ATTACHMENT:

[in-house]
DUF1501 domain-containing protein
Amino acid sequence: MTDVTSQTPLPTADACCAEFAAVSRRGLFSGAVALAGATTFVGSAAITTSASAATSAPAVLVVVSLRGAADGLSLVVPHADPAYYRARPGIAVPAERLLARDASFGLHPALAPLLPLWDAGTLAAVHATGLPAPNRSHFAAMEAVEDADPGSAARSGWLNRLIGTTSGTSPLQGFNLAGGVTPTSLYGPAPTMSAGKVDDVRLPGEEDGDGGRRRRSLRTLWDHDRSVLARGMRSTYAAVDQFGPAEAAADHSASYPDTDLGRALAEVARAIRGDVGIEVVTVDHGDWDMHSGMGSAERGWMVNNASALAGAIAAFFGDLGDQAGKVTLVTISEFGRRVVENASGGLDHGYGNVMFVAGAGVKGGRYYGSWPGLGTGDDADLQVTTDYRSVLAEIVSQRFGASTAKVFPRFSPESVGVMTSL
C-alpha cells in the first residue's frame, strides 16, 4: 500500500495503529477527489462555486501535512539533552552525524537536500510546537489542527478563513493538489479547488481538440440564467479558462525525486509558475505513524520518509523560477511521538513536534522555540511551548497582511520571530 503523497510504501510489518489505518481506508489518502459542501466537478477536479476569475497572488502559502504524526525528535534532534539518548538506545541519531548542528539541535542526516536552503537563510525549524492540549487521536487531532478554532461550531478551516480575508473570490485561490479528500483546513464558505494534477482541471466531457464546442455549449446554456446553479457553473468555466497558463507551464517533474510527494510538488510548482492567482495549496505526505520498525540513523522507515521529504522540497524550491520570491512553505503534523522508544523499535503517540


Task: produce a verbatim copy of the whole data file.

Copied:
[in-house]
DUF1501 domain-containing protein
Amino acid sequence: MTDVTSQTPLPTADACCAEFAAVSRRGLFSGAVALAGATTFVGSAAITTSASAATSAPAVLVVVSLRGAADGLSLVVPHADPAYYRARPGIAVPAERLLARDASFGLHPALAPLLPLWDAGTLAAVHATGLPAPNRSHFAAMEAVEDADPGSAARSGWLNRLIGTTSGTSPLQGFNLAGGVTPTSLYGPAPTMSAGKVDDVRLPGEEDGDGGRRRRSLRTLWDHDRSVLARGMRSTYAAVDQFGPAEAAADHSASYPDTDLGRALAEVARAIRGDVGIEVVTVDHGDWDMHSGMGSAERGWMVNNASALAGAIAAFFGDLGDQAGKVTLVTISEFGRRVVENASGGLDHGYGNVMFVAGAGVKGGRYYGSWPGLGTGDDADLQVTTDYRSVLAEIVSQRFGASTAKVFPRFSPESVGVMTSL
C-alpha cells in the first residue's frame, strides 16, 4: 500500500495503529477527489462555486501535512539533552552525524537536500510546537489542527478563513493538489479547488481538440440564467479558462525525486509558475505513524520518509523560477511521538513536534522555540511551548497582511520571530 503523497510504501510489518489505518481506508489518502459542501466537478477536479476569475497572488502559502504524526525528535534532534539518548538506545541519531548542528539541535542526516536552503537563510525549524492540549487521536487531532478554532461550531478551516480575508473570490485561490479528500483546513464558505494534477482541471466531457464546442455549449446554456446553479457553473468555466497558463507551464517533474510527494510538488510548482492567482495549496505526505520498525540513523522507515521529504522540497524550491520570491512553505503534523522508544523499535503517540